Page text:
The linear regulator burns the extra voltage as heat. Example:
ESP32 draws maximum 240mA. Let's use 300mA instead, assuming the ESP32 will draw a bit of extra currents to light LEDs, etc.
At this maximum current, the dropout voltage across the regulator is 5V-3.3V=1.7V, and 300mA is passing through it. P=VI, so this corresponds to 1.7V*0.3A=0.5W dissipated in the regulator.
Note the "3A" in your "5V 3A" power supply is only the maximum current it can provide. This has no influence on the dissipation of your regulator, which depends only on dropout voltage and how much current the load draws.
Of course at lower current it will burn less power.
0.5W means SMD SOT-89 or SOT-223 packages are adequate, with a bit of copper area to cool the tab. In thru-hole, a TO-220 without a heat sink will work fine. A TO-92 regulator burning 0.5W would be quite toasty, and a SOT-23 would smoke.
LM1117 requires an output cap with "ESR between 0.3 Ω to 22 Ω" according to the datasheet, so you have to use an electrolytic cap, say 100µF. The reason for the capacitance is mostly to get an ESR that's low enough to get good transient response. General purpose caps all cost pretty much the same below a few hundred µF anyway.
Usually I use LDL1117, this one works fine with 10µF ceramic surface mount cap, so it makes for a smaller footprint solution. It has a nice fast transient response, and much lower quiescent current than LM1117 too.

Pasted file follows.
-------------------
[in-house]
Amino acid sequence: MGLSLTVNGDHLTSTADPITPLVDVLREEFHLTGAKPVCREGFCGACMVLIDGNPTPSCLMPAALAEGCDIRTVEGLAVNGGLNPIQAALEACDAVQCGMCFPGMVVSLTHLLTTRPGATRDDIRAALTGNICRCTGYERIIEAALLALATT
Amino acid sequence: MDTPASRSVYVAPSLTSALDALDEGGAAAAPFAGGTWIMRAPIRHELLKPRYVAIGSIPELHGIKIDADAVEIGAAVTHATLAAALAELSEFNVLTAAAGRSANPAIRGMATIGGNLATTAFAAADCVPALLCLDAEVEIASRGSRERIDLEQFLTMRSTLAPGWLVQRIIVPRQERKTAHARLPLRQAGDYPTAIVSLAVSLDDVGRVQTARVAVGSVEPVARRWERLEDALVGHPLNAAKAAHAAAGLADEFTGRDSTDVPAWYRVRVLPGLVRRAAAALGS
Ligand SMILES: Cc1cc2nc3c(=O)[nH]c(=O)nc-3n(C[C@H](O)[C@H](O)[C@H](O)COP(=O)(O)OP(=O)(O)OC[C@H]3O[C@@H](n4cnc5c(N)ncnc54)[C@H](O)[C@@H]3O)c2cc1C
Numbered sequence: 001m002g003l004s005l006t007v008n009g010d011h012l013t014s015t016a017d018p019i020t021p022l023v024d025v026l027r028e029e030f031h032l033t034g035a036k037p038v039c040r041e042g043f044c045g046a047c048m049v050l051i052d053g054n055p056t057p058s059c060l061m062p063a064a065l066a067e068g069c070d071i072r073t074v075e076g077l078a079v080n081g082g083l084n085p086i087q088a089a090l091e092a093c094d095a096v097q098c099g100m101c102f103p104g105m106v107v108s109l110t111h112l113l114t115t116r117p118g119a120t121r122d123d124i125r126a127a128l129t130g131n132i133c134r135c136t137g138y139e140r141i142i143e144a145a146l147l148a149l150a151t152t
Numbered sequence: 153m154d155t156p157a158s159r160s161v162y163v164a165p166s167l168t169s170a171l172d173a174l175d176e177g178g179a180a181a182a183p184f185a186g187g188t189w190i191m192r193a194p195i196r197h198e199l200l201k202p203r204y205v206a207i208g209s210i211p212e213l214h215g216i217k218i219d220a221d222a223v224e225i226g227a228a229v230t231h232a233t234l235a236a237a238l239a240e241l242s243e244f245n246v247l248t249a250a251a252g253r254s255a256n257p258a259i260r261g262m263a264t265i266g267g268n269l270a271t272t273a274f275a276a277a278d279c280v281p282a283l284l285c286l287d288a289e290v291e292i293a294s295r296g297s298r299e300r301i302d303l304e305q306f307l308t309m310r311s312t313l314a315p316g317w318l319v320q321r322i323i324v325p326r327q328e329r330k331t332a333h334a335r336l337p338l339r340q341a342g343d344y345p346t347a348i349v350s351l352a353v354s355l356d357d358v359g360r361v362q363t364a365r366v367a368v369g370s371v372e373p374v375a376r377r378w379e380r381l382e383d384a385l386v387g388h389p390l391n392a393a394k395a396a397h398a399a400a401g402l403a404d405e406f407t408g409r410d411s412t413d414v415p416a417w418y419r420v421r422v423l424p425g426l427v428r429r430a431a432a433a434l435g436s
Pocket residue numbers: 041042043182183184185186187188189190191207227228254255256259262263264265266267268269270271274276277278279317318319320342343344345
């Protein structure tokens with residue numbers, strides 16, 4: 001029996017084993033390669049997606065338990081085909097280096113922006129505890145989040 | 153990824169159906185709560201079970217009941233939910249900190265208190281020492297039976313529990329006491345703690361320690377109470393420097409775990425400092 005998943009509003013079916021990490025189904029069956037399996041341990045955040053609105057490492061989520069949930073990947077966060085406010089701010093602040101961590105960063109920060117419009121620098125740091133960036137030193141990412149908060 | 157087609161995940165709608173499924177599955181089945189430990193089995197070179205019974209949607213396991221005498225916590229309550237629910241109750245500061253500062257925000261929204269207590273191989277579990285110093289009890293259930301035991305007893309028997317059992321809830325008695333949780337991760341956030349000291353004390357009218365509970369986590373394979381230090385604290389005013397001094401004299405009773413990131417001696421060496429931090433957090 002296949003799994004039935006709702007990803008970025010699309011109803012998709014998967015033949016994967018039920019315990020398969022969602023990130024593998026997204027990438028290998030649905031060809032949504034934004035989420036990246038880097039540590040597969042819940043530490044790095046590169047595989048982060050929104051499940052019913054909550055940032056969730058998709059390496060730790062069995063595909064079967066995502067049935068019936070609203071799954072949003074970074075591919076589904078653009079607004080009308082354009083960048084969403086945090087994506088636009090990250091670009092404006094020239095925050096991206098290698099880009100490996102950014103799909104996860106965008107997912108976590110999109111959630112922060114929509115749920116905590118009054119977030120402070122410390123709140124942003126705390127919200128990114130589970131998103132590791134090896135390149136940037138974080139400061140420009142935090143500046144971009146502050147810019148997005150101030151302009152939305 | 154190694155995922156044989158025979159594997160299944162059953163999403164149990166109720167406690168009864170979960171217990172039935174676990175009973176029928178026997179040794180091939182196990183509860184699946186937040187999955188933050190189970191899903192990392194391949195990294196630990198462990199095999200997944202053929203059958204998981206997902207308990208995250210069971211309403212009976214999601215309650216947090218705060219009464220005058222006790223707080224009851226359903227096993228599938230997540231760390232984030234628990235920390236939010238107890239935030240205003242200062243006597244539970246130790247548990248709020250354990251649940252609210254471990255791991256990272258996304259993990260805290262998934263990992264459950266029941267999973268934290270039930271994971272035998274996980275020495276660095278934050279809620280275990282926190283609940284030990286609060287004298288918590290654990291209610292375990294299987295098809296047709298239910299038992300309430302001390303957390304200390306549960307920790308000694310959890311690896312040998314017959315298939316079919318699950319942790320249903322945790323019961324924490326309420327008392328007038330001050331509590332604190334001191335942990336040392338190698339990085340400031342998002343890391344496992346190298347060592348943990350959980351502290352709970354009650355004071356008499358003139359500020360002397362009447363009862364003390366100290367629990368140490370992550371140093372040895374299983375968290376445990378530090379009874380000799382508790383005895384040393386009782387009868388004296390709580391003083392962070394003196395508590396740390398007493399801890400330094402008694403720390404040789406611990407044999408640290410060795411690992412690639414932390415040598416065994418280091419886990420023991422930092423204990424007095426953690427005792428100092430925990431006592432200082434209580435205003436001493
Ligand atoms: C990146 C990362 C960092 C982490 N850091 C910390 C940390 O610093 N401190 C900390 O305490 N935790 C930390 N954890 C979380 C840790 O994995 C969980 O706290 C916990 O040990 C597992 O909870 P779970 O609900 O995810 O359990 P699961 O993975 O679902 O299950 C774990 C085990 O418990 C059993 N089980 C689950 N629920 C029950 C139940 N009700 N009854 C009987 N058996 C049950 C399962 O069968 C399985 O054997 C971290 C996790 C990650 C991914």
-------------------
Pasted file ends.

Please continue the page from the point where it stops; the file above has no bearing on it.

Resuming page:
I'll need to level up the 3.3V from a GPIO pin (which sends fast data) to 5V.
You can use a 74HCT logic gate or buffer to translate logic levels from 3V3 to 5V. If you power it from 5V, it will output 5V logic levels, and it will correctly interpret 3V3 logic levels on its inputs. You can check "Vih" in the datasheet, which is the minimum voltage that is guaranteed to register a 1 level on the input, on 74HCT it is around 2V, so no problem to read a 3V3 logic level.
This is not the case for 74HC logic gates, which need 3.5V on the input to reliably register a high logic level when powered from 5V. Usually 74HC will work, because 3.5V is only the limit, so most chips will read 3V3 as a logic high... but it's not guaranteed, and the threshold depends on temperature, so it will probably stop working when it gets too hot or too cold.